The importance of a college education can't be disputed. In February, research by the Pew Research Center showed that millennials ages 25 to 32 with at least a bachelor's degree earned a median of $17,500 more on an annual basis than millennials with only a high school education.

But the educational trend has also had two interesting twists, both of which have been bad news for wage growth.

First, students are staying in college longer than ever. Just 59 percent of college students in private institutions and 32 percent in public ones graduate within four years, a Forbes report on America's top college found. These extra years of schooling can lead to hefty student loan accumulation, which, in turn, may compel some graduates into taking low-paying jobs just to meet their student loan payments.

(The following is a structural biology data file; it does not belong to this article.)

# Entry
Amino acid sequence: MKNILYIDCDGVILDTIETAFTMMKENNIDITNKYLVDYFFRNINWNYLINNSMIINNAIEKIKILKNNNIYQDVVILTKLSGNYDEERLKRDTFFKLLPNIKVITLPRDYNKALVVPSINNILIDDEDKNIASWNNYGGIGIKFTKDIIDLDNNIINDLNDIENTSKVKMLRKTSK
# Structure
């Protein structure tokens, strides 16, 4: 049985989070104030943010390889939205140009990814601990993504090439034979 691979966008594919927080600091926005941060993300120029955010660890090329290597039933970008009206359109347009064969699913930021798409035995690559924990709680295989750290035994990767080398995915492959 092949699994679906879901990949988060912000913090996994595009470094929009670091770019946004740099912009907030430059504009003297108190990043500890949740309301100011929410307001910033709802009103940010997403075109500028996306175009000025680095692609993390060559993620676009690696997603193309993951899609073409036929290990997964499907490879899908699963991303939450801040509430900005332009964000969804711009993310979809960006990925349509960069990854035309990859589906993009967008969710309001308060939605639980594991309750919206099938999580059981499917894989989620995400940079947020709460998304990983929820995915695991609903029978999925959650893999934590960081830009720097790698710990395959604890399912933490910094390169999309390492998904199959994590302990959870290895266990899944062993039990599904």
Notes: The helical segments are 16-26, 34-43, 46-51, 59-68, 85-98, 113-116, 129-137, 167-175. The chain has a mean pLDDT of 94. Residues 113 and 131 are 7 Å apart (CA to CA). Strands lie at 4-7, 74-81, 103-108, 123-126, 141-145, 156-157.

Second, an aggressive push by for-profit universities to enroll students has removed a lot of the degree specialization we once saw. With more people turning to college as the answer, competition among people with broad majors is increasing, pushing wages down in the fields where such liberal arts degrees are most useful. For grads without a specialized degree in a high-demand field, it's simply getting tougher to find a career that offers the potential for real wage growth.

Motley Fool contributor Sean Williams has no material interest in any companies mentioned. You can follow him on Twitter @TMFUltraLong. The Motley Fool has no position in any stocks mentioned.


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Seacat400

High tech jobs..........low tech workers who in some cases refuse to retrain.

Useless degrees.........social sciences,art, etc..vs math ,engineering, accounting, etc.

September 04 2014 at 12:08 PM Report abuse rate up rate down Reply